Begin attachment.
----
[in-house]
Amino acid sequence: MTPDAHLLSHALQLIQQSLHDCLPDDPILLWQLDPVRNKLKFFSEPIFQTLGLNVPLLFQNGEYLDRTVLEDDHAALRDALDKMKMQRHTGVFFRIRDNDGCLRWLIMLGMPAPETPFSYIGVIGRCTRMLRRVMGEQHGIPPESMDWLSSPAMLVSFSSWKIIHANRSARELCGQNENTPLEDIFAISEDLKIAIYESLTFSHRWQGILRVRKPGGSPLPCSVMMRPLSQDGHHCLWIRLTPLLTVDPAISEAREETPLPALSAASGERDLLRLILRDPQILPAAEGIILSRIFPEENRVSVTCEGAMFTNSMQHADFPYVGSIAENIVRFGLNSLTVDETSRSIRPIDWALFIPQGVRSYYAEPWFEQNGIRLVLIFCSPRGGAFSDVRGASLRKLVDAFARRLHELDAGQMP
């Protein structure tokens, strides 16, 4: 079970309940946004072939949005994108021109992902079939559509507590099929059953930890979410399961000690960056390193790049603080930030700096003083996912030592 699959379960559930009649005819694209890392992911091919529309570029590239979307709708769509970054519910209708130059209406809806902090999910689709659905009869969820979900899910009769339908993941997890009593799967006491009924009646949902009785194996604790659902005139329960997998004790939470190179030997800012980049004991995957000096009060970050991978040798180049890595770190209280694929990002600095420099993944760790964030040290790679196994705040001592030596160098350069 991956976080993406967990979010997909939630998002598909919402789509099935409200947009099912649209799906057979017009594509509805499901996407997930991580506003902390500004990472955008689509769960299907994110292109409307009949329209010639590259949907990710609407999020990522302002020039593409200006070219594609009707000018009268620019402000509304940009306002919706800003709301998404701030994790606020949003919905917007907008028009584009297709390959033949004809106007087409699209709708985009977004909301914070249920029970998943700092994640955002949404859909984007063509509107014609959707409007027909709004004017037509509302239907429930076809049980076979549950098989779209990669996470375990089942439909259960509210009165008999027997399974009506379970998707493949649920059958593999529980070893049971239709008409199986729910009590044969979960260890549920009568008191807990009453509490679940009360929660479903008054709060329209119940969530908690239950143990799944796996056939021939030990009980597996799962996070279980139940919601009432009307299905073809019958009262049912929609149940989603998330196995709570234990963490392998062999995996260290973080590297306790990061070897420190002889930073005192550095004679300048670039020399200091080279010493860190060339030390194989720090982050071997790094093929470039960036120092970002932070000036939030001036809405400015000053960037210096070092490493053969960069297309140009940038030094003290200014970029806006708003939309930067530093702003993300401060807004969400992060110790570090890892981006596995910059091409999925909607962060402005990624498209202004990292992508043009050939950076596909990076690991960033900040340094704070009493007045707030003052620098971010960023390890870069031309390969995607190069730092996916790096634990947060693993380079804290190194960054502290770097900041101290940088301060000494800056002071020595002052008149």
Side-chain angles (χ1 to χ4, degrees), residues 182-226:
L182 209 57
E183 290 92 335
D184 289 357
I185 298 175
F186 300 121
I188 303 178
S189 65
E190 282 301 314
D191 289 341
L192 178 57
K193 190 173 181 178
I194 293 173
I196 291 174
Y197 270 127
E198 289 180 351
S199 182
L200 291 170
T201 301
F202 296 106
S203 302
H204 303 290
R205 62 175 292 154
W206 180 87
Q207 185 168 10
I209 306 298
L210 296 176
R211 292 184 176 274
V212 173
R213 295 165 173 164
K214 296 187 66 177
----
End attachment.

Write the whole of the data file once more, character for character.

[in-house]
Amino acid sequence: MTPDAHLLSHALQLIQQSLHDCLPDDPILLWQLDPVRNKLKFFSEPIFQTLGLNVPLLFQNGEYLDRTVLEDDHAALRDALDKMKMQRHTGVFFRIRDNDGCLRWLIMLGMPAPETPFSYIGVIGRCTRMLRRVMGEQHGIPPESMDWLSSPAMLVSFSSWKIIHANRSARELCGQNENTPLEDIFAISEDLKIAIYESLTFSHRWQGILRVRKPGGSPLPCSVMMRPLSQDGHHCLWIRLTPLLTVDPAISEAREETPLPALSAASGERDLLRLILRDPQILPAAEGIILSRIFPEENRVSVTCEGAMFTNSMQHADFPYVGSIAENIVRFGLNSLTVDETSRSIRPIDWALFIPQGVRSYYAEPWFEQNGIRLVLIFCSPRGGAFSDVRGASLRKLVDAFARRLHELDAGQMP
């Protein structure tokens, strides 16, 4: 079970309940946004072939949005994108021109992902079939559509507590099929059953930890979410399961000690960056390193790049603080930030700096003083996912030592 699959379960559930009649005819694209890392992911091919529309570029590239979307709708769509970054519910209708130059209406809806902090999910689709659905009869969820979900899910009769339908993941997890009593799967006491009924009646949902009785194996604790659902005139329960997998004790939470190179030997800012980049004991995957000096009060970050991978040798180049890595770190209280694929990002600095420099993944760790964030040290790679196994705040001592030596160098350069 991956976080993406967990979010997909939630998002598909919402789509099935409200947009099912649209799906057979017009594509509805499901996407997930991580506003902390500004990472955008689509769960299907994110292109409307009949329209010639590259949907990710609407999020990522302002020039593409200006070219594609009707000018009268620019402000509304940009306002919706800003709301998404701030994790606020949003919905917007907008028009584009297709390959033949004809106007087409699209709708985009977004909301914070249920029970998943700092994640955002949404859909984007063509509107014609959707409007027909709004004017037509509302239907429930076809049980076979549950098989779209990669996470375990089942439909259960509210009165008999027997399974009506379970998707493949649920059958593999529980070893049971239709008409199986729910009590044969979960260890549920009568008191807990009453509490679940009360929660479903008054709060329209119940969530908690239950143990799944796996056939021939030990009980597996799962996070279980139940919601009432009307299905073809019958009262049912929609149940989603998330196995709570234990963490392998062999995996260290973080590297306790990061070897420190002889930073005192550095004679300048670039020399200091080279010493860190060339030390194989720090982050071997790094093929470039960036120092970002932070000036939030001036809405400015000053960037210096070092490493053969960069297309140009940038030094003290200014970029806006708003939309930067530093702003993300401060807004969400992060110790570090890892981006596995910059091409999925909607962060402005990624498209202004990292992508043009050939950076596909990076690991960033900040340094704070009493007045707030003052620098971010960023390890870069031309390969995607190069730092996916790096634990947060693993380079804290190194960054502290770097900041101290940088301060000494800056002071020595002052008149």
Side-chain angles (χ1 to χ4, degrees), residues 182-226:
L182 209 57
E183 290 92 335
D184 289 357
I185 298 175
F186 300 121
I188 303 178
S189 65
E190 282 301 314
D191 289 341
L192 178 57
K193 190 173 181 178
I194 293 173
I196 291 174
Y197 270 127
E198 289 180 351
S199 182
L200 291 170
T201 301
F202 296 106
S203 302
H204 303 290
R205 62 175 292 154
W206 180 87
Q207 185 168 10
I209 306 298
L210 296 176
R211 292 184 176 274
V212 173
R213 295 165 173 164
K214 296 187 66 177